In the worst of times, animals bring out the best in us

This vintage typwriter is our featured image.

The stories coming out of Louisiana are heartbreaking. Epic flooding stemming from torrential rainfall reportedly claimed six lives and forced thousands from their homes.

As reported on foxnews.com Monday, Louisiana Gov. John Bel Edwards said more than 20,000 people had been rescued across South Louisiana as of Sunday night, and more than 10,000 people were in shelters.

On Tuesday, the Louisiana Department of Wildlife and Fisheries provided an additional update on the number of people and animals rescued from flood-ravaged areas.

“Louisiana Department of Wildlife and Fisheries Enforcement agents have currently rescued a total of 3,139 people and 603 animals to date due to the flooding in Louisiana,” the agency said. “Agents began search and rescue missions around 4 a.m. on Aug. 12 and have ran search and rescue missions around the clock ever since.”

Eli, the In Brief Legal Writing Services mascot.
In Brief Legal Writing Services mascot Eli catching up on the latest news. Photo by Alexandra Bogdanovic

Agency spokesman Adam Einck told foxnews.com that the vast majority of animals rescued early on were pets.

“It does present a lot of challenges, but our agents have been trained for this,” Einck said.  “What our guys do is very heroic – they are going into these neighborhoods, the terrain is very treacherous, they work throughout the night.”

The next challenge will be reuniting animals and owners separated due to the disaster — and the Companion Animal Alliance (CAA) of Baton Rouge is already on the job.

In a message posted on its website, the CAA says it had taken in 90 animals as of Sunday night, and offers advice for people who have lost and found pets.

“Lost pet owners and finders should put the information on Lost Pets of Baton Rouge on Facebook.  Look at Visitor Posts for recent activity,” the agency’s message says. “There are also Lost Pet pages for Zachary and Central.  Learn more about reuniting pets and families on our Lost and Found Pet page.”

The CAA says it is also in desperate need of “temporary fosters” for rescued animals waiting to be reunited with their owners. Interested parties should contact foster@caabr.org or call 225 774 7701.

For more information about how to help animals affected by the flood, click here.

Blue lives matter bill puts things in perspective

This vintage typwriter is our featured image.

Yesterday this country lost a true hero.

A man went to work and never came home.

And now somewhere a family grieves. A wife is now a widow. Three children no longer have a father.

But there are no protests. There is no national media coverage and there is no national outrage — because Ronald Tarentino Jr. was a cop.

Officer Down

His death is summed up in a few brief paragraphs on the Officer Down Memorial Page website. Here’s what happened. Tarentino, an officer with the Auburn Police Department in Massachusetts for two years, made a traffic stop shortly after midnight. As he approached the vehicle, someone inside (allegedly) pulled a gun and killed him in cold blood.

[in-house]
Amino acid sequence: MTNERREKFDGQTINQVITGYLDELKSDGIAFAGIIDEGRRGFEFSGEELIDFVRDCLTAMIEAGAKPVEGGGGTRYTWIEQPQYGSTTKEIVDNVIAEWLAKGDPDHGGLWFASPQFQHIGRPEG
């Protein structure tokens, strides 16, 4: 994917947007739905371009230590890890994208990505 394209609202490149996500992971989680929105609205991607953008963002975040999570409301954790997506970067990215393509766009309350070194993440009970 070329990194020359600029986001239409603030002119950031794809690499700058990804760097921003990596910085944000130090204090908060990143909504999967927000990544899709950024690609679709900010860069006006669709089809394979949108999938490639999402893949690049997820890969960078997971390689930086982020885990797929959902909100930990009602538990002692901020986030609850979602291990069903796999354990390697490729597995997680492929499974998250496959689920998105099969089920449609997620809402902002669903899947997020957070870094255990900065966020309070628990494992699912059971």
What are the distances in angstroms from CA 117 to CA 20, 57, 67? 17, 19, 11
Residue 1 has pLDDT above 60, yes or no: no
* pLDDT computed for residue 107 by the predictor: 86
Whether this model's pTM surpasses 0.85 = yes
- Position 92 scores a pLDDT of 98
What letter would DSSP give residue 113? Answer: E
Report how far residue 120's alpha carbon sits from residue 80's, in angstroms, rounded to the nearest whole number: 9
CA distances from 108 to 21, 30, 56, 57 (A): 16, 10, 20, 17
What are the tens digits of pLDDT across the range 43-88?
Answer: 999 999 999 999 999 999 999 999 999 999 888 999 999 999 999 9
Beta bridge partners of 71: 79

“The subject who shot him fled the scene, but was later located at an Oxford apartment building,” the synopsis on the ODMP website says. “As officers searched the apartment he was believed to have been hiding in they discovered a secret passage into an adjoining apartment. When the officers made entry into the second apartment the subject exited a closet and opened fire, wounding one Massachusetts State Police tactical team trooper before being killed.”

Tarentino — who had previously served on the Leicester Police Department — was just 42.

Grim Statistics

Tarentino was the second law enforcement officer to die in the line of duty in Massachusetts this year. In all, 38 American police officers have died in the line of duty so far this year. Of those, 19, including Tarentino, died after being shot. The number of officers killed by gunfire so far this year represents a 46 percent increase compared to the same time period in 2015.

Black and white photograph of New York Police Department barriers taken by Alexandra Bogdanovic
NYPD barriers. Photo by Alexandra Bogdanovic

Danville, Ohio Police Officer Thomas Cottrell — the first officer killed in the line of duty this year — was also the first to die after being shot. According to information on the ODMP website, the person who surprised him behind a local building was targeting police officers.

“At approximately 11:20 pm (January 17) dispatchers received a call from a female subject stating that police officers in Danville were in danger,” according to the synopsis on odmp.org. “She stated her ex-boyfriend was armed and intended to kill a police officer.”

When Cottrell did not respond to radio transmissions, law enforcement personnel organized and initiated a coordinated search. Searchers found Cottrell’s body a short while later and an ensuing manhunt resulted in the apprehension of the alleged perpetrator.

At just 34, Cottrell worked in law enforcement for more than a decade. He his survived by his parents, stepmother, several siblings and three children.

The Blue Lives Matter Bill

According to various media accounts, Louisiana Gov. John Bel Edwards could soon sign a bill that would make attacking a police officer, firefighter or paramedic in that state a hate crime.

Apparently this doesn’t sit well with a lot of people — most of whom probably have no problem admitting they hate cops.

Personally, I think it’s great. Because as far as I’m concerned, all lives matter.